With this week’s Good Soccer Reads, as curated by the XI twitter feed, we look at the still-unfolding match-fixing scandal, Neymar’s possible fear of the unknown, young Americans Abroad, and more. If you want to receive the Good Soccer Reads e-mail digest weekly, be sure to subscribe now!
Gaia Pianigiani and Thomas Fuller | New York Times Goal Blog | February 13, 2013
As more information emerges concerning the worldwide match-fixing scandal that was recently uncovered, many reports have focused on one man, Tan Seet Eng, as the mastermind. But the implications stretch far wider.
There was frequent communication between those who dealt with players and the Singaporeans who transported the money for bribes. The most important call was between Mr. Tan and Vinko Saka, a former coach from Croatia who would tell Mr. Tan when a bribe was arranged.
“The picture is just not that of simple dishonesty of players and coaches at the local level, but rather one of an operative international network, eased by the ‘globalization’ of betting on the Internet, capable of convincing disloyal players ready to fix matches and earn easy money,” the inquiring judge, Guido Salvini, wrote in a statement.
“This cartel is probably not the only international cartel that works in this criminal field, but it’s the first one that has come to light.”
Tim Vickery | BBC Sport | February 11, 2013
One of the brightest young stars in the world game is Neymar, and with his accomplishments in Brazil, speculation is rampant the youngster will soon be moving to Europe. However, Tim Vickery provides several reasons why Neymar may not want to head abroad yet, and the psychological motivations are perhaps the most revealing.
I have the impression that ever since that competition [the 2009 U-17 World Cup], global football is something of a trauma in his young mind. For a player of his type, confidence is fundamental. But whenever I see Neymar one-on-one with a defender in top international games, I never believe he will win the duel and – for what it is worth – I have the impression he does not believe it either.
JJ Duke | Our Game Magazine | January 30, 2013
The rosters are starting to come together in NWSL for the inaugural season, and the key question is how to ensure this effort at a women’s professional league is sustainable. Determining how to build a lasting fanbase is a priority for executives like Chicago Red Stars General Manager Alyse LaHue, as she told JJ Duke.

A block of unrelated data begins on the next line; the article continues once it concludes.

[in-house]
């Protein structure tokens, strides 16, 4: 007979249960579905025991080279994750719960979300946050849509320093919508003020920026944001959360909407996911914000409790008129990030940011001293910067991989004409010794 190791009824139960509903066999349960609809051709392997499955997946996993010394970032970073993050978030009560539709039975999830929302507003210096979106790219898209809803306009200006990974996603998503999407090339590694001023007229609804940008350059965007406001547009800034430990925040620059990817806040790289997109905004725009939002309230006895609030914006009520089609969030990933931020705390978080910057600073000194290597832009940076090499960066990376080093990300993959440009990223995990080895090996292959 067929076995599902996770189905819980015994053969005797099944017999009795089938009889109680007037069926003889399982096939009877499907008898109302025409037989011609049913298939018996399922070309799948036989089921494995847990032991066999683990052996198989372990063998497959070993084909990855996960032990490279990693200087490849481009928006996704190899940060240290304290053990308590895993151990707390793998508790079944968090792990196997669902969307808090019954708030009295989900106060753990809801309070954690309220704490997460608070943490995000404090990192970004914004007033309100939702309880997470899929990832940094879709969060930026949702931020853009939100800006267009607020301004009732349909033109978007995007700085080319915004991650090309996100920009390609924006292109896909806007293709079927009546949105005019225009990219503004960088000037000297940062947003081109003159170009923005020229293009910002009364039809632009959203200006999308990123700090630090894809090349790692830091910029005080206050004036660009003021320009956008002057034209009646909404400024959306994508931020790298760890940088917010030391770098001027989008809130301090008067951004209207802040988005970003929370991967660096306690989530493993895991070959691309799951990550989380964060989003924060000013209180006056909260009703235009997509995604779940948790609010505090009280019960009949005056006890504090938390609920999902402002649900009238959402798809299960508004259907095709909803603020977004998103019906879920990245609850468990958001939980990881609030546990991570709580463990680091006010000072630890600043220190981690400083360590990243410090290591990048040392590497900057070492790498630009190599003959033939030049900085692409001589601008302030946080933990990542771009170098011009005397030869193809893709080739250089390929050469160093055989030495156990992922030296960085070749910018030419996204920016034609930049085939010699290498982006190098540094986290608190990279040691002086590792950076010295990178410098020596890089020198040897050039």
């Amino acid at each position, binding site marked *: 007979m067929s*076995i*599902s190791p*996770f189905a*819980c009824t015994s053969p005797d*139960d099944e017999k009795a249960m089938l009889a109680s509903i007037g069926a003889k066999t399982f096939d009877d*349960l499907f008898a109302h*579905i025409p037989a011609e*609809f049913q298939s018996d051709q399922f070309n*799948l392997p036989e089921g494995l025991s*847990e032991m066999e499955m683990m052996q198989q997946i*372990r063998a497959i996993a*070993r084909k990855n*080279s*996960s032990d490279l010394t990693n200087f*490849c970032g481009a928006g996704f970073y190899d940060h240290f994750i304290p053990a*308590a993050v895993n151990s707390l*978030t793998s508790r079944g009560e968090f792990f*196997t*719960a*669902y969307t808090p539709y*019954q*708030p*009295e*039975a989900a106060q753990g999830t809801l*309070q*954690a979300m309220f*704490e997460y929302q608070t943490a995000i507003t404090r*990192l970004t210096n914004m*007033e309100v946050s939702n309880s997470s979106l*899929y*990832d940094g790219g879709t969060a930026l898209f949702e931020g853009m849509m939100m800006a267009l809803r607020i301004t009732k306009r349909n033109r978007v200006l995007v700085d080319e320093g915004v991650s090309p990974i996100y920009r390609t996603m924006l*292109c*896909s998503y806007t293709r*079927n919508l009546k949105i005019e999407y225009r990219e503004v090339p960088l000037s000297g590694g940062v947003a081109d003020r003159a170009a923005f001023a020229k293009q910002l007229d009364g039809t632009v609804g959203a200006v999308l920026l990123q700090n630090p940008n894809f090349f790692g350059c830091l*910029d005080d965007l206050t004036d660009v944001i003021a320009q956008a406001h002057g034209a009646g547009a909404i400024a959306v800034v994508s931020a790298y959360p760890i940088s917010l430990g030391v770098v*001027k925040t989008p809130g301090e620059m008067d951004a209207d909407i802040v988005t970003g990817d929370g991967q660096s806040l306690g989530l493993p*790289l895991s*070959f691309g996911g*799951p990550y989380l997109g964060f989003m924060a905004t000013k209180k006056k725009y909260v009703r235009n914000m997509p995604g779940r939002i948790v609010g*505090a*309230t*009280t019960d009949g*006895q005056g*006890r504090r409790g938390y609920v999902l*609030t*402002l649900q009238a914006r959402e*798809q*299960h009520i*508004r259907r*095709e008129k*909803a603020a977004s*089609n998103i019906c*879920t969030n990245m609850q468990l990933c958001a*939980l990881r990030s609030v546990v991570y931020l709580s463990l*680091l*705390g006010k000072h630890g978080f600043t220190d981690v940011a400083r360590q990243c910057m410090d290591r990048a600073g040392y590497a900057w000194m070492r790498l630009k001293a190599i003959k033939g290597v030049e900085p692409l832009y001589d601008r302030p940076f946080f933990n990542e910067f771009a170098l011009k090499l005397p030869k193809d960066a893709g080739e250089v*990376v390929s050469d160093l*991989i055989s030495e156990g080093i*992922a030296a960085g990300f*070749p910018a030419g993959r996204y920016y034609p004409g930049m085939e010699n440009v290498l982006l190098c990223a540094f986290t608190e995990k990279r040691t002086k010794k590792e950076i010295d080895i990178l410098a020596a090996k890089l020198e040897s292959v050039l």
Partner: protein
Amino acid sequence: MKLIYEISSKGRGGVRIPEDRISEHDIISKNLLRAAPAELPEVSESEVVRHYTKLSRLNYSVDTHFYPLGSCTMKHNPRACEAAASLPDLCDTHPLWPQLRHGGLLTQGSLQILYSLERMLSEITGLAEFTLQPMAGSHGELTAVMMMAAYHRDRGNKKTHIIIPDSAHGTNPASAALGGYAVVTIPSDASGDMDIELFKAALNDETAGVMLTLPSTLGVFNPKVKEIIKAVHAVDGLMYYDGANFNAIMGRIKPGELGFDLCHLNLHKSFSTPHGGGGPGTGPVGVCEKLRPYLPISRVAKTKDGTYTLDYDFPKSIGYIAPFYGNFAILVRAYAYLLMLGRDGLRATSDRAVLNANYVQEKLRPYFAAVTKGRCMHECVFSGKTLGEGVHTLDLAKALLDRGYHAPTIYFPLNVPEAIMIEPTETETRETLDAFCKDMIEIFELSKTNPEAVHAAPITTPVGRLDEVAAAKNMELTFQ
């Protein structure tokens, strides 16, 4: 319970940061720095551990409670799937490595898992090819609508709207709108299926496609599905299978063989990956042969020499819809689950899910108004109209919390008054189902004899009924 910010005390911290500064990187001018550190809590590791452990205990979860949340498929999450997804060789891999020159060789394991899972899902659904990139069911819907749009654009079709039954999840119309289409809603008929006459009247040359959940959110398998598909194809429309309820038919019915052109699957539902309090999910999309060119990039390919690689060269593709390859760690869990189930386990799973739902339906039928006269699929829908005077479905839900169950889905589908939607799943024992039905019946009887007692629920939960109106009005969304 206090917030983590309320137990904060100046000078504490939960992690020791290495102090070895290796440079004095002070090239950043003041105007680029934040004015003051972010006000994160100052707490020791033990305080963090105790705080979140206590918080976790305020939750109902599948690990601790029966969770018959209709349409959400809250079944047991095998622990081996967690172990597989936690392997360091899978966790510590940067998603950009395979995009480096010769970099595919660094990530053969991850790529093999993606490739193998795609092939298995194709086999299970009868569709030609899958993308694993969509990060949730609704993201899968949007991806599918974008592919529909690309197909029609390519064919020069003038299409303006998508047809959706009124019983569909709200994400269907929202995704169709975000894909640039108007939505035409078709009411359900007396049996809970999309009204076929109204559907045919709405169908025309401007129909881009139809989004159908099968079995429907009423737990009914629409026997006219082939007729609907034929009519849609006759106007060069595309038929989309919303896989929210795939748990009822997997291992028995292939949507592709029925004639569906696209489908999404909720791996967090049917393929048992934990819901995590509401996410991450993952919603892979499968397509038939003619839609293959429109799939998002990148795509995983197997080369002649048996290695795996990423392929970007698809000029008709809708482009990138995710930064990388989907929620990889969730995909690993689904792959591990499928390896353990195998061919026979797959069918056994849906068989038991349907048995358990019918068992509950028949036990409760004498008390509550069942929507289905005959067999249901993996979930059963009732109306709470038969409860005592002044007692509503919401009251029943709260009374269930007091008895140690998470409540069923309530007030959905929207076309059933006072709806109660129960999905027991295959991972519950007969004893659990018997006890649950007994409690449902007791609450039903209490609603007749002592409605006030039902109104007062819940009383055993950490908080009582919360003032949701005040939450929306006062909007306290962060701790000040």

“The experience of our games will not be a juvenile one exclusively. A group of 20-somethings can come, hang out in the beer garden, be vocal during the game, and still feel welcome,” said LaHue. “Every game needs to be an ‘experience’ for fans of all ages, so there will be something for everyone. Young soccer players will be happy because they will have the opportunity to meet their idols after the game or get autographs, young adults will be able to drink beer and mingle with like-minded fans in the beer garden, and the overall game atmosphere and experience will not be focused towards one particular demographic, but inclusive for many.“
Brian Blickenstaff | ASN | February 11, 2013
Brian Blickenstaff recently spoke with two American teenagers, Russell Canouse and Zach Pfeffer, who are currently playing in Germany in Hoffenheim’s youth ranks. Although Academy systems have progressed in recent years in the United States and Canada, the stories of Canouse and Pfeffer demonstrate the sacrifices young promising players must make in order to become professionals.
Both players acknowledged that they’re missing out on a typical American youth—high school and college (they both plan on taking courses online)—but they felt lucky to be having such a rich cultural experience. What they have in Germany is just as formative as college and far more unique. “[Missing out on high school or college] is just part of wanting to be a professional soccer player,” said Pfeffer.
Andy Mitten | The National | February 14, 2013
With television increasing the visibility of certain leagues around the world, those who actually attend matches – both home and away supporters – tend to feel the pinch of increased ticket prices and inconvenient kickoff times.
Fans are seldom at the top of the agenda in Spanish football. Kick-off times are changed up to 10 days before kick-off and played at unpopular times to suit the television audience. Barcelona kicked off at midday last week for the first time in 47 years. It is a time many fans are either at church or still just rising, given that Spain stays up late on Saturday night. Not for nothing are games not usually played in Spain’s midday sun, but when football started agreeing to huge television deals, Sir Alex Ferguson said: “When you shake hands with the devil, you have to pay the price. Television is god at the moment.”